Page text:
If You Wait kicks off with the single that started all the hype at the end of last year, 'Hey Now'. With vocalist Hannah Reid draping her passionate, soulful vocals over Dan Rothman and Dot Major's layered, textured, instrumentals, 'Hey Now' forces you to sit up and take note. Reid's vocals are commonly compared to Florence Welch's signature croon, but where Welch uses her delivery for pomp and ceremony, Reid uses them to cushion the already soft pianos, guitars, and percussive electronica.

It's a truly remarkable finished sound, and for those who are turned off by the comparisons they'll see over the web, you've really not got to worry. London Grammar have created something so much better than anything you could imagine. But there is a lid on it all.

It's as if Mezzanine was completely composed out of songs that sounded like 'Teardrop' (my father bought the album based on that one song, and became a little baffled at the rest on offer there). If You Wait has a consistency that draws you in under its wing. Nearly every track hits just in the right way, with a couple of surprises; after getting accustomed to the first few tracks, 'Strong' comes out of nowhere and although strictly the most conventional song structurally on the album, it features harmonies melodies, a slowed down tempo, and a hook befitting the sound of the band.

The use of empty space ('the gaps between the music') is reminiscent of The xx, and I'd say that London Grammar use it just as effectively. It however reacts poorly later on through the album as you can't help but feel that this music is all very well and good, it's just a little bit vacuous. Sure, it sounds great, it's all really well put together, but it just seems to lack heart. Although Reid's vocals do set things off strongly, If You Wait just doesn't feel like it's going in any particular direction. It's quite happy to meander about doing its own thing; the xx offer up distinct challenges throughout their work, and this keeps their sound fresh and exciting. Perhaps London Grammar don't need this, again, it's all really beautiful, but it's just lacking something which sets it apart from greatness.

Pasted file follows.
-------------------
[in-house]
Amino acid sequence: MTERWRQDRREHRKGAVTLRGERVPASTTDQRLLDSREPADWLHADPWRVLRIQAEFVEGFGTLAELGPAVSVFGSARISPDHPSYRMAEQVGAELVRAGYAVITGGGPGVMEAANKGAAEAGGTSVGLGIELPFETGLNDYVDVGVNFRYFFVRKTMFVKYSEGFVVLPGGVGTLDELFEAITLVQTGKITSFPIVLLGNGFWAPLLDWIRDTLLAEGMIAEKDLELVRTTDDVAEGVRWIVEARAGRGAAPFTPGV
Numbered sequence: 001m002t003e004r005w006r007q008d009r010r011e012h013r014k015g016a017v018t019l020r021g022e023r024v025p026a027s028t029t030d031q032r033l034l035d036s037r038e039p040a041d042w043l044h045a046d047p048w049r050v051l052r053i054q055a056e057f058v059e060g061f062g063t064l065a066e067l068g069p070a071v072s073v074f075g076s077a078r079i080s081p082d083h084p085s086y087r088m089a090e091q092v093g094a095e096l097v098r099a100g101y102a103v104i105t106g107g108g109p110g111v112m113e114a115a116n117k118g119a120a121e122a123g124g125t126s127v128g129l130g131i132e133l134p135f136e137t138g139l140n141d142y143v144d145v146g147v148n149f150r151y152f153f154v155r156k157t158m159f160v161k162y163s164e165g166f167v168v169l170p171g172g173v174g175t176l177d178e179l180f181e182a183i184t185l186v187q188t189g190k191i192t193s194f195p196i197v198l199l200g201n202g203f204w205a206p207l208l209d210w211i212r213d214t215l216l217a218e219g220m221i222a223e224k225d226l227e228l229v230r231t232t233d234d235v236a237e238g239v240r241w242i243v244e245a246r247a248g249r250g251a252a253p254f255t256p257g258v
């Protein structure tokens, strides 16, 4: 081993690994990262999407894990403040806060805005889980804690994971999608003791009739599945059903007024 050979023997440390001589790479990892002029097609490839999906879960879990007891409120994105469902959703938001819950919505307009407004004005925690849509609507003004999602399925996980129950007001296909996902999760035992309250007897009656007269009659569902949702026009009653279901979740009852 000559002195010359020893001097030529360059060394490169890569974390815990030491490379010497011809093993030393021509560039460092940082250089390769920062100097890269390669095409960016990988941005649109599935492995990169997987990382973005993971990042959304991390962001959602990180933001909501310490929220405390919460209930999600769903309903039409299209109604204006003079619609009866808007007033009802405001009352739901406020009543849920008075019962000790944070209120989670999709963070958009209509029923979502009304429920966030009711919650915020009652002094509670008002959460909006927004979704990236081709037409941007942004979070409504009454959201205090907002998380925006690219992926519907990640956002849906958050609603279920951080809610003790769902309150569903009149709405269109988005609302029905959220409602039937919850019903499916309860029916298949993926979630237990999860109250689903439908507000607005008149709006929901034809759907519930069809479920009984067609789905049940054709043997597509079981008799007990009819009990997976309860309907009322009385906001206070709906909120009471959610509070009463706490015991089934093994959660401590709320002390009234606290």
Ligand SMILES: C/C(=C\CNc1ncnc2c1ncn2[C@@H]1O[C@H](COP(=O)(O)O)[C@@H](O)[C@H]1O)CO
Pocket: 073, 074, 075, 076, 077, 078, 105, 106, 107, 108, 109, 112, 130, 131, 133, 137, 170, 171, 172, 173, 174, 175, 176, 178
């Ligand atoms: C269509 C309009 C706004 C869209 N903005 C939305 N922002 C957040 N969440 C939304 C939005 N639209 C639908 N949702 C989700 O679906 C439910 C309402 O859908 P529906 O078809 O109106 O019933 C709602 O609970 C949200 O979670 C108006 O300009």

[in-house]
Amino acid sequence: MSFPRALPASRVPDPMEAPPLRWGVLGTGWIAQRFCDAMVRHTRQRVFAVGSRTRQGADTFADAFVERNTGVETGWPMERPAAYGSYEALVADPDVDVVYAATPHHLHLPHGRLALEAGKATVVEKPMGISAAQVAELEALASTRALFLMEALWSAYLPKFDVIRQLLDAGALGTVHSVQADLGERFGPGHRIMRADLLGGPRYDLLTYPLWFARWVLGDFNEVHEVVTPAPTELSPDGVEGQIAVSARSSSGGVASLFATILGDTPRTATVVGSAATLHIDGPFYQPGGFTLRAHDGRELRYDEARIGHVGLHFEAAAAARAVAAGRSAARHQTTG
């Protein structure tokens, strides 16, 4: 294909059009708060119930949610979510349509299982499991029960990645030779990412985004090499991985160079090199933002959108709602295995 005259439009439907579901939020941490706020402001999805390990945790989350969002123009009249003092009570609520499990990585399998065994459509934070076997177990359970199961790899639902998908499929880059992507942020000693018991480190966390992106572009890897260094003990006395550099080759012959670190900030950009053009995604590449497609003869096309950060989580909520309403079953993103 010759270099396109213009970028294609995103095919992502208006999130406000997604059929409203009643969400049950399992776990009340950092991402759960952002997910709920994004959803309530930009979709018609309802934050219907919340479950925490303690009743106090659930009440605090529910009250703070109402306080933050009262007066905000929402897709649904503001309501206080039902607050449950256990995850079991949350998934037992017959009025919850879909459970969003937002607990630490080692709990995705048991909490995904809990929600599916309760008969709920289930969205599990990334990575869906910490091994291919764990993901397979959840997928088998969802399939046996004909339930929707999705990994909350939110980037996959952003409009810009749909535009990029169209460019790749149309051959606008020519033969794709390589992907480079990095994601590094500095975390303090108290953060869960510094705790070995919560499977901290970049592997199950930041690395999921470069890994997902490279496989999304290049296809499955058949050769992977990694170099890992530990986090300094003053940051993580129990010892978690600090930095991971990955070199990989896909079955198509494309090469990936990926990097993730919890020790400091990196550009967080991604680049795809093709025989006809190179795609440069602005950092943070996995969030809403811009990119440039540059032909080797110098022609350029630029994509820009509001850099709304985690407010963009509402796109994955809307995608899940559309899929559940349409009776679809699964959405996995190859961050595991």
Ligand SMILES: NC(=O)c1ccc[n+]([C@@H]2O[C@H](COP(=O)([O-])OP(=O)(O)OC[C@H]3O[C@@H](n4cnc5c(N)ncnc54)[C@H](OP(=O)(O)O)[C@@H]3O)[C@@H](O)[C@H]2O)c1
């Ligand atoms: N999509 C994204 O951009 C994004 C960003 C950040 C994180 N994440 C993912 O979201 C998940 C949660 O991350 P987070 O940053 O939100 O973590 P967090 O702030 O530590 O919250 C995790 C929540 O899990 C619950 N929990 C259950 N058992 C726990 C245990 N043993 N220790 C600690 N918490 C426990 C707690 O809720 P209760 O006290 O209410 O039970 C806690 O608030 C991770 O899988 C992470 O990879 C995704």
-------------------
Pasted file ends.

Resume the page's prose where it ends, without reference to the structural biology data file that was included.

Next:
I guess London Grammar have finally put something together which showcases their talents, something which we've all been waiting for a while. And really we've received here exactly what we've asked for, which was basically more of the same. There's a few surprises here and there, but ultimately its what you'd probably expect if all you've listened to from these guys is 'Hey Now'. Which is fine, but it's going to be interesting seeing where they go from here, because if they just continue to tread the same line, it's going to get a little bit dull.